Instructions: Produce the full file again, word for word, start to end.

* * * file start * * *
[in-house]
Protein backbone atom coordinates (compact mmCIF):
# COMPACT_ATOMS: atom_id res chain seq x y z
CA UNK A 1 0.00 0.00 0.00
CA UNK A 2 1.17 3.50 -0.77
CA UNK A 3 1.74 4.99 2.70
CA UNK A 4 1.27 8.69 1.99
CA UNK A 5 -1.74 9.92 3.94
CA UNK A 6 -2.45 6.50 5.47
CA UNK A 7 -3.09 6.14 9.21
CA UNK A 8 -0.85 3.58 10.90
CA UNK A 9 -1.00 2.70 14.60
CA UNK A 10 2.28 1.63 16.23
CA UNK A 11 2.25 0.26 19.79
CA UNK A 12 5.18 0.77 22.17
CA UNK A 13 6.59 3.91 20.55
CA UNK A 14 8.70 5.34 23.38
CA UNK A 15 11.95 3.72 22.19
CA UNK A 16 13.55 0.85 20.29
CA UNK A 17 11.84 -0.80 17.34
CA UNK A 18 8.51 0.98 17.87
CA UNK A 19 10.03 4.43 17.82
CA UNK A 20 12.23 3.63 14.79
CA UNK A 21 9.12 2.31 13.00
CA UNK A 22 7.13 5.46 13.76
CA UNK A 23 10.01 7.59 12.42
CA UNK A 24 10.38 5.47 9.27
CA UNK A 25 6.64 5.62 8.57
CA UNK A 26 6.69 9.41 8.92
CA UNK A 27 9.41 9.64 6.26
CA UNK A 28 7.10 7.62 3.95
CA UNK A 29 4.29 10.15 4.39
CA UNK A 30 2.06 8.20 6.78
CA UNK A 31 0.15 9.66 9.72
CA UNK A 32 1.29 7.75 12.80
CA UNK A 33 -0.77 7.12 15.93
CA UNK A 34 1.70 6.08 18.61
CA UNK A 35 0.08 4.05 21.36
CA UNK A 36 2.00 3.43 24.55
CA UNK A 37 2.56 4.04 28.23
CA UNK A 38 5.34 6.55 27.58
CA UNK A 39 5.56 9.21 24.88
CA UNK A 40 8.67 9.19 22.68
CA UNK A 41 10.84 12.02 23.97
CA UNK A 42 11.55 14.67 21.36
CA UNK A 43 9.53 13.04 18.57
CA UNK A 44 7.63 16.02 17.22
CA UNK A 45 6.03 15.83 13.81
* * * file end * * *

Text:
[in-house]
Protein backbone atom coordinates (compact mmCIF):
# COMPACT_ATOMS: atom_id res chain seq x y z
CA UNK A 1 0.00 0.00 0.00
CA UNK A 2 1.17 3.50 -0.77
CA UNK A 3 1.74 4.99 2.70
CA UNK A 4 1.27 8.69 1.99
CA UNK A 5 -1.74 9.92 3.94
CA UNK A 6 -2.45 6.50 5.47
CA UNK A 7 -3.09 6.14 9.21
CA UNK A 8 -0.85 3.58 10.90
CA UNK A 9 -1.00 2.70 14.60
CA UNK A 10 2.28 1.63 16.23
CA UNK A 11 2.25 0.26 19.79
CA UNK A 12 5.18 0.77 22.17
CA UNK A 13 6.59 3.91 20.55
CA UNK A 14 8.70 5.34 23.38
CA UNK A 15 11.95 3.72 22.19
CA UNK A 16 13.55 0.85 20.29
CA UNK A 17 11.84 -0.80 17.34
CA UNK A 18 8.51 0.98 17.87
CA UNK A 19 10.03 4.43 17.82
CA UNK A 20 12.23 3.63 14.79
CA UNK A 21 9.12 2.31 13.00
CA UNK A 22 7.13 5.46 13.76
CA UNK A 23 10.01 7.59 12.42
CA UNK A 24 10.38 5.47 9.27
CA UNK A 25 6.64 5.62 8.57
CA UNK A 26 6.69 9.41 8.92
CA UNK A 27 9.41 9.64 6.26
CA UNK A 28 7.10 7.62 3.95
CA UNK A 29 4.29 10.15 4.39
CA UNK A 30 2.06 8.20 6.78
CA UNK A 31 0.15 9.66 9.72
CA UNK A 32 1.29 7.75 12.80
CA UNK A 33 -0.77 7.12 15.93
CA UNK A 34 1.70 6.08 18.61
CA UNK A 35 0.08 4.05 21.36
CA UNK A 36 2.00 3.43 24.55
CA UNK A 37 2.56 4.04 28.23
CA UNK A 38 5.34 6.55 27.58
CA UNK A 39 5.56 9.21 24.88
CA UNK A 40 8.67 9.19 22.68
CA UNK A 41 10.84 12.02 23.97
CA UNK A 42 11.55 14.67 21.36
CA UNK A 43 9.53 13.04 18.57
CA UNK A 44 7.63 16.02 17.22
CA UNK A 45 6.03 15.83 13.81